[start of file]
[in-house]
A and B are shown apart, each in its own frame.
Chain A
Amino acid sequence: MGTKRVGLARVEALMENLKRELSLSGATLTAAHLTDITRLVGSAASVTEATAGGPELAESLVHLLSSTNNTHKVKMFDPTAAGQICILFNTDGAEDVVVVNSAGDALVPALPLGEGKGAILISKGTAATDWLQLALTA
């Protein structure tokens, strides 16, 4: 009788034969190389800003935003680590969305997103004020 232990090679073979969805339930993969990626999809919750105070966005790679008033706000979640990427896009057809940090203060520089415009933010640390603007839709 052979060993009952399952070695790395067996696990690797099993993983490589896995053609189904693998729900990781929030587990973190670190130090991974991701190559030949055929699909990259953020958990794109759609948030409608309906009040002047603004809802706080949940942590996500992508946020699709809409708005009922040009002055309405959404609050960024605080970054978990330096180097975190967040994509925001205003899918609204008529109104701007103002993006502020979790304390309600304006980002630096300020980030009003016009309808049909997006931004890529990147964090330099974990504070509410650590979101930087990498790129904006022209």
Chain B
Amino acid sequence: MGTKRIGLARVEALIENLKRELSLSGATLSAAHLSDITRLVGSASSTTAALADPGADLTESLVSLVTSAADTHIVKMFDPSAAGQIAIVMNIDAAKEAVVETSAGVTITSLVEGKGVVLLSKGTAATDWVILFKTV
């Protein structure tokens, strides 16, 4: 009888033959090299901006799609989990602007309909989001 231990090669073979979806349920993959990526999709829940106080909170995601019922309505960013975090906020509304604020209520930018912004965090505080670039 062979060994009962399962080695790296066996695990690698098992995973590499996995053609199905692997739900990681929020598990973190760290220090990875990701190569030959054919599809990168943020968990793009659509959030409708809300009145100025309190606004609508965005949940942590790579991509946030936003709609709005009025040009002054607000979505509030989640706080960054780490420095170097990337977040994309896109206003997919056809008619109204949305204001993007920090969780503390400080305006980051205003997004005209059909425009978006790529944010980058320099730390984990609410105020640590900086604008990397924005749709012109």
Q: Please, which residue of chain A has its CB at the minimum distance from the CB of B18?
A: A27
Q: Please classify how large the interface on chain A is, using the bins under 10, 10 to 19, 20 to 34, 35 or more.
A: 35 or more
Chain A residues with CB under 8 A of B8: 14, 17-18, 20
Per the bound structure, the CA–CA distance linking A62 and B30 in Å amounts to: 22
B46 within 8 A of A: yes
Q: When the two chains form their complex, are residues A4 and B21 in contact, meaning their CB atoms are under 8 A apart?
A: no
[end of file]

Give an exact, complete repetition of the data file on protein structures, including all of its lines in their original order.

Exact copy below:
[in-house]
A and B are shown apart, each in its own frame.
Chain A
Amino acid sequence: MGTKRVGLARVEALMENLKRELSLSGATLTAAHLTDITRLVGSAASVTEATAGGPELAESLVHLLSSTNNTHKVKMFDPTAAGQICILFNTDGAEDVVVVNSAGDALVPALPLGEGKGAILISKGTAATDWLQLALTA
């Protein structure tokens, strides 16, 4: 009788034969190389800003935003680590969305997103004020 232990090679073979969805339930993969990626999809919750105070966005790679008033706000979640990427896009057809940090203060520089415009933010640390603007839709 052979060993009952399952070695790395067996696990690797099993993983490589896995053609189904693998729900990781929030587990973190670190130090991974991701190559030949055929699909990259953020958990794109759609948030409608309906009040002047603004809802706080949940942590996500992508946020699709809409708005009922040009002055309405959404609050960024605080970054978990330096180097975190967040994509925001205003899918609204008529109104701007103002993006502020979790304390309600304006980002630096300020980030009003016009309808049909997006931004890529990147964090330099974990504070509410650590979101930087990498790129904006022209």
Chain B
Amino acid sequence: MGTKRIGLARVEALIENLKRELSLSGATLSAAHLSDITRLVGSASSTTAALADPGADLTESLVSLVTSAADTHIVKMFDPSAAGQIAIVMNIDAAKEAVVETSAGVTITSLVEGKGVVLLSKGTAATDWVILFKTV
């Protein structure tokens, strides 16, 4: 009888033959090299901006799609989990602007309909989001 231990090669073979979806349920993959990526999709829940106080909170995601019922309505960013975090906020509304604020209520930018912004965090505080670039 062979060994009962399962080695790296066996695990690698098992995973590499996995053609199905692997739900990681929020598990973190760290220090990875990701190569030959054919599809990168943020968990793009659509959030409708809300009145100025309190606004609508965005949940942590790579991509946030936003709609709005009025040009002054607000979505509030989640706080960054780490420095170097990337977040994309896109206003997919056809008619109204949305204001993007920090969780503390400080305006980051205003997004005209059909425009978006790529944010980058320099730390984990609410105020640590900086604008990397924005749709012109």
Q: Please, which residue of chain A has its CB at the minimum distance from the CB of B18?
A: A27
Q: Please classify how large the interface on chain A is, using the bins under 10, 10 to 19, 20 to 34, 35 or more.
A: 35 or more
Chain A residues with CB under 8 A of B8: 14, 17-18, 20
Per the bound structure, the CA–CA distance linking A62 and B30 in Å amounts to: 22
B46 within 8 A of A: yes
Q: When the two chains form their complex, are residues A4 and B21 in contact, meaning their CB atoms are under 8 A apart?
A: no